a legislature divided into two houses; the U.S. Congress and the state legislatures are bicameral except Nebraska, which is unicameral.
The process of allotting congressional seats to each state following the decennial census according to their proportion of the population.
The redrawing of congressional districts to reflect increases or decreases in seats allotted to the states, as well as population shifts within a state.
A proposed law
The power delegated to the House of Representatives in the Constitution to charge the president, vice president, or other "civil officers," including federal judges, with "Treason, Bribery, or other high Crimes and Misdemeanors." This is the first step in the constitutional process of removing such government officials from office.
The political party in each house of Congress with the most members.
The political party in each house of Congress with the second most members.
Speaker of the House
The only officer of the House of Representatives specifically mentioned in the Constitution; elected at the beginning of each new Congress by the entire House; traditionally a member of the majority party.
Party Caucus or Conference
A formal gathering of all party members.
The elected leader of the party controlling the most seats in the House of Representatives or the Senate is second in authority to the Speaker of the House and in the Senate is regarded as the most powerful member.
The elected leader of the party with the second highest number of elected representatives in the House of Representatives or the Senate.
Key member who keeps close contact with all members of his or her party and takes nose counts on key votes, prepares summaries of bills, and in general acts as communications link within a party.
Committee to which proposed bills are referred; continues from one Congress to the next.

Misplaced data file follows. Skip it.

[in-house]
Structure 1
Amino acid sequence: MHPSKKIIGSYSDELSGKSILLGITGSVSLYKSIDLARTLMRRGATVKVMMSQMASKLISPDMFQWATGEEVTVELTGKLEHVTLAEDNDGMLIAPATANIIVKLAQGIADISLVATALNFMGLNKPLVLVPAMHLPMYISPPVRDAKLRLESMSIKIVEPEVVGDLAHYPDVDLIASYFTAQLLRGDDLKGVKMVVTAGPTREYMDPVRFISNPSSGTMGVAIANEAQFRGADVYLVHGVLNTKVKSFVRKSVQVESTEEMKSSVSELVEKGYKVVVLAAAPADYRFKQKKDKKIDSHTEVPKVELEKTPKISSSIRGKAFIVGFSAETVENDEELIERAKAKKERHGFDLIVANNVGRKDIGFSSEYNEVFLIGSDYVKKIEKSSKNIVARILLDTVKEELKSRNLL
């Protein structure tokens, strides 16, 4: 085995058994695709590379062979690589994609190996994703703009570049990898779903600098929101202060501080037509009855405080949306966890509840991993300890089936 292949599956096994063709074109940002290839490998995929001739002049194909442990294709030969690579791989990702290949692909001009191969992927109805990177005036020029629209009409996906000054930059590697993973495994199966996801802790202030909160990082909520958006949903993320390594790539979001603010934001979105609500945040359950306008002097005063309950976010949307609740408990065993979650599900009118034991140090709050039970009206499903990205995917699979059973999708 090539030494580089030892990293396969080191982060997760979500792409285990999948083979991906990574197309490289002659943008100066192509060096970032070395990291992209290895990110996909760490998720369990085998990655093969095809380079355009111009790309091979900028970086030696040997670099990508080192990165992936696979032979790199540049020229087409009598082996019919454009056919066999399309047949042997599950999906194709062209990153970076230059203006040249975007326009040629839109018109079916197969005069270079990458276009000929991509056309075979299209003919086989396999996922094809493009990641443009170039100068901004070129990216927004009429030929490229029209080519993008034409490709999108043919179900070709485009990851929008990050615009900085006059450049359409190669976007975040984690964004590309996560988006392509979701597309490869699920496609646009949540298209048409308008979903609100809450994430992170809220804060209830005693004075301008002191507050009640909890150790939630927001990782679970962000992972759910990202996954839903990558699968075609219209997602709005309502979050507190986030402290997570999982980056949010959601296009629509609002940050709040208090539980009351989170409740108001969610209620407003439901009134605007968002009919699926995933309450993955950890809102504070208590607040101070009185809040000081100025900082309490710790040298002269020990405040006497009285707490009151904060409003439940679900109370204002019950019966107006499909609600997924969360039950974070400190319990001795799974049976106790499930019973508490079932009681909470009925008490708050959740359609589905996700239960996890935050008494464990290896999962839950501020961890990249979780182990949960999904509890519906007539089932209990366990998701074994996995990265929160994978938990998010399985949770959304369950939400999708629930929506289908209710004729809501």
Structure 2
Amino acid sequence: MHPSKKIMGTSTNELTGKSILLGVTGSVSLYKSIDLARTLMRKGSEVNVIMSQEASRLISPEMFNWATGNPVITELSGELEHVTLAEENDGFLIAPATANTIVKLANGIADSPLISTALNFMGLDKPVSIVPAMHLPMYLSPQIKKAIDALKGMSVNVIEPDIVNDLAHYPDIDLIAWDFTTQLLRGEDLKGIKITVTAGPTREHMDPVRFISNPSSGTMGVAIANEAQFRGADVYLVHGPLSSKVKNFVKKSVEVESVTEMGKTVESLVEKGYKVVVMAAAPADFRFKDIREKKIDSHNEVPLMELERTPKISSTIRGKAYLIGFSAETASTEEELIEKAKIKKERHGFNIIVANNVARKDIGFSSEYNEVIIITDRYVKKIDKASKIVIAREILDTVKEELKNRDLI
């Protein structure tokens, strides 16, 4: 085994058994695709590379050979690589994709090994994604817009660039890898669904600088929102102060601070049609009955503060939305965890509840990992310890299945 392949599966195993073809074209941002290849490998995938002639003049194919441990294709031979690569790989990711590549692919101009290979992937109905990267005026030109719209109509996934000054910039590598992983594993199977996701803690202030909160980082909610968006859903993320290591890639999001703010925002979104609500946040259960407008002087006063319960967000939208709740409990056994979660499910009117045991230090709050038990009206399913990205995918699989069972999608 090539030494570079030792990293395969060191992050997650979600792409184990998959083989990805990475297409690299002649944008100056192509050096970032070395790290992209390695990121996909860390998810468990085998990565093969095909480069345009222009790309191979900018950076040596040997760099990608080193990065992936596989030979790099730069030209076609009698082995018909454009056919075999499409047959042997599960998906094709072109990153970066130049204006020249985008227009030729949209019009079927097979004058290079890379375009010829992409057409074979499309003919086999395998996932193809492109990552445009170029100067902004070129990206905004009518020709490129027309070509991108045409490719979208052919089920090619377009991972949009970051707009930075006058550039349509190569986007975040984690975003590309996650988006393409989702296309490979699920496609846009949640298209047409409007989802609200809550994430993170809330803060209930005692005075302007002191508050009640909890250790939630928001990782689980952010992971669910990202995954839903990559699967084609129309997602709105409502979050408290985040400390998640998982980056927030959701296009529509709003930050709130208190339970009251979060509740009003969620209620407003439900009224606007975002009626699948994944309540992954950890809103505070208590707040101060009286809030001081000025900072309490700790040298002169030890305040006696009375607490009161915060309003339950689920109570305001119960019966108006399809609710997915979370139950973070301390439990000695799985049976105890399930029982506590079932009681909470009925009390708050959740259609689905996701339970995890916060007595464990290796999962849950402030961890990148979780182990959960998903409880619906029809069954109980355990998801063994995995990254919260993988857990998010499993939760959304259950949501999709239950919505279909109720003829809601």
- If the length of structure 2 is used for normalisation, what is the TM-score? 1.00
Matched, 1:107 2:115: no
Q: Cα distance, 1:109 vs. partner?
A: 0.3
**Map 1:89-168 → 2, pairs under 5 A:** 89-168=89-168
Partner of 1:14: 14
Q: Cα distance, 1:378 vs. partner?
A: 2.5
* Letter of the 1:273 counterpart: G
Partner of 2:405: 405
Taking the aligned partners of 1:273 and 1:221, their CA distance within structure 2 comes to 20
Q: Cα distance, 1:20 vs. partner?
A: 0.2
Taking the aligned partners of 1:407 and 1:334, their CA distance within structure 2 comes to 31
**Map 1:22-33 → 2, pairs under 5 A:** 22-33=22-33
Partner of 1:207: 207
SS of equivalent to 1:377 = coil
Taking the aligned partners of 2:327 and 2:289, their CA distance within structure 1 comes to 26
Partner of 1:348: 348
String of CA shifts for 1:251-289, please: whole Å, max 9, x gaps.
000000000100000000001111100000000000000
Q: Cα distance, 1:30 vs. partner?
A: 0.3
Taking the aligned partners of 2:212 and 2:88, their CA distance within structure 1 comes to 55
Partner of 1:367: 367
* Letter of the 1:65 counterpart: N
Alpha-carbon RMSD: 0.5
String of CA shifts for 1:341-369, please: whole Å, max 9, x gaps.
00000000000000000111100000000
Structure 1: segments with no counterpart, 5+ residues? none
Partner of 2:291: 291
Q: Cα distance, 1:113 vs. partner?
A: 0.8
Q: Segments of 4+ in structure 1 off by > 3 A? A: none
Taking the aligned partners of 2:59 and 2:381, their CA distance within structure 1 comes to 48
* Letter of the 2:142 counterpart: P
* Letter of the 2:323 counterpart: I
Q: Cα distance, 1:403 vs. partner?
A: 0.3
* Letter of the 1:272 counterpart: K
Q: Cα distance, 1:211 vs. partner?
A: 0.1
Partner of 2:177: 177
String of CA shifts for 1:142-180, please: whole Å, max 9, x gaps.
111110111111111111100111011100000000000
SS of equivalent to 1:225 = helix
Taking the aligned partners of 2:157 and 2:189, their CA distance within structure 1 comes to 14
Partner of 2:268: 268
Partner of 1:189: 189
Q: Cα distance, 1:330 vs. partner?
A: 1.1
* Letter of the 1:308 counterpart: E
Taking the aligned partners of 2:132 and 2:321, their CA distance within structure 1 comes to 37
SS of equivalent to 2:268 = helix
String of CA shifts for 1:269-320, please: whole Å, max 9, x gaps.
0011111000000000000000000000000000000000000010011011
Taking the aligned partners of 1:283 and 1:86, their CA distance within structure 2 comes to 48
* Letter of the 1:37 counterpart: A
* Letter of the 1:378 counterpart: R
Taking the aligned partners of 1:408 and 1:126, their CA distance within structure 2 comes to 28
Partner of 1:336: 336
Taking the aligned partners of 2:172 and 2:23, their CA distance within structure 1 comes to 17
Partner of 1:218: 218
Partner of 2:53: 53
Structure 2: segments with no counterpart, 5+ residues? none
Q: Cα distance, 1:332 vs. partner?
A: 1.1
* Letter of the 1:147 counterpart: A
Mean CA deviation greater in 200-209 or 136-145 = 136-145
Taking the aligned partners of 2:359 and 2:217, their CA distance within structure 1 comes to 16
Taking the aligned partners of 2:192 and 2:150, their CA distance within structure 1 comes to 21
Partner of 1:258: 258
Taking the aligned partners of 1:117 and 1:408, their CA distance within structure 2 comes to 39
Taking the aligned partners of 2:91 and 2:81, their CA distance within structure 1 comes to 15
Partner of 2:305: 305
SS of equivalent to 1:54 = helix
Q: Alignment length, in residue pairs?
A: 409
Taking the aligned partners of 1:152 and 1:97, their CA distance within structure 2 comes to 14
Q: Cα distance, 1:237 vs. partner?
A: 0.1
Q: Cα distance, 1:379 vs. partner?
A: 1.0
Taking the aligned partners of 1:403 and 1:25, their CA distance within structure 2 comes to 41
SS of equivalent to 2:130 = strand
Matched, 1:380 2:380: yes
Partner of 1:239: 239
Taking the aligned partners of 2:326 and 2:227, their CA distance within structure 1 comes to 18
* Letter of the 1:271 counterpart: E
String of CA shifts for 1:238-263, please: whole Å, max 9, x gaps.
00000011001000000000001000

Committee that includes members from both houses of Congress to conduct investigations or special studies.
Special joint committee created to iron out differences between Senate and House versions of a specific piece of legislation.
Select (or special) committee
Temporary committee appointed for specific purpose, such as conducting a special investigation or study.
Petition that gives a majority of the House of Representatives the authority to bring an issue to the floor in the face of committee inaction.
Legislation that allows representatives to bring home the bacon to their districts in the form of public works programs, military bases, or other programs designed to benefit their districts directly.
Time of continuous service on a committee.
The fact that being in office helps a person stay in office because of a variety of benefits that go with the position.
Role played by elected representatives who listen to constituents' opinions and then use their best judgment to make final decisions.
Role played by elected representatives who vote the way their constituents would want them to, regardless of their own opinions.
Role played by elected representatives who act as trustees or as delegates, depending on the issue.
The political condition in which different political parties control the White House and Congress.
Vote trading; voting to support a colleague's bill in return for a promise of future support.
A tactic by which a senator asks to be informed before a particular bill is brought to the floor. This allows the senator to stop the bill from coming to the floor until the hold is removed.
A formal way of halting action on a bill by means of long speeches or unlimited debate in the Senate.
Mechanism requiring sixty senators to vote to cut off debate.
Formal constitutional authority of the president to reject bills passed by both houses of the legislative body, thus preventing the bill from becoming law without further congressional activity.
If Congress adjourns during the ten days the president has to consider a bill passed by both houses of Congress, the bill is considered vetoed without the president's signature.
Congressional review of the activities of an agency, department, or office.
A process whereby Congress can nullify agency regulation by a joint resolution of legislative disapproval.
Wars Power Act
Passed by Congress in 1973; the president is limited in the deployment of troops overseas to a sixty day period in peacetime (which can be extended for an extra thirty days to permit withdrawal) unless Congress explicitly gives its approval for a longer period.
Process by which presidents, when selecting district court judges, defer to senators of their own party who represent the state where the vacancy occurs; also the process by which a governor, when selecting an appointee, defers to the state senator in whose district the nominee resides.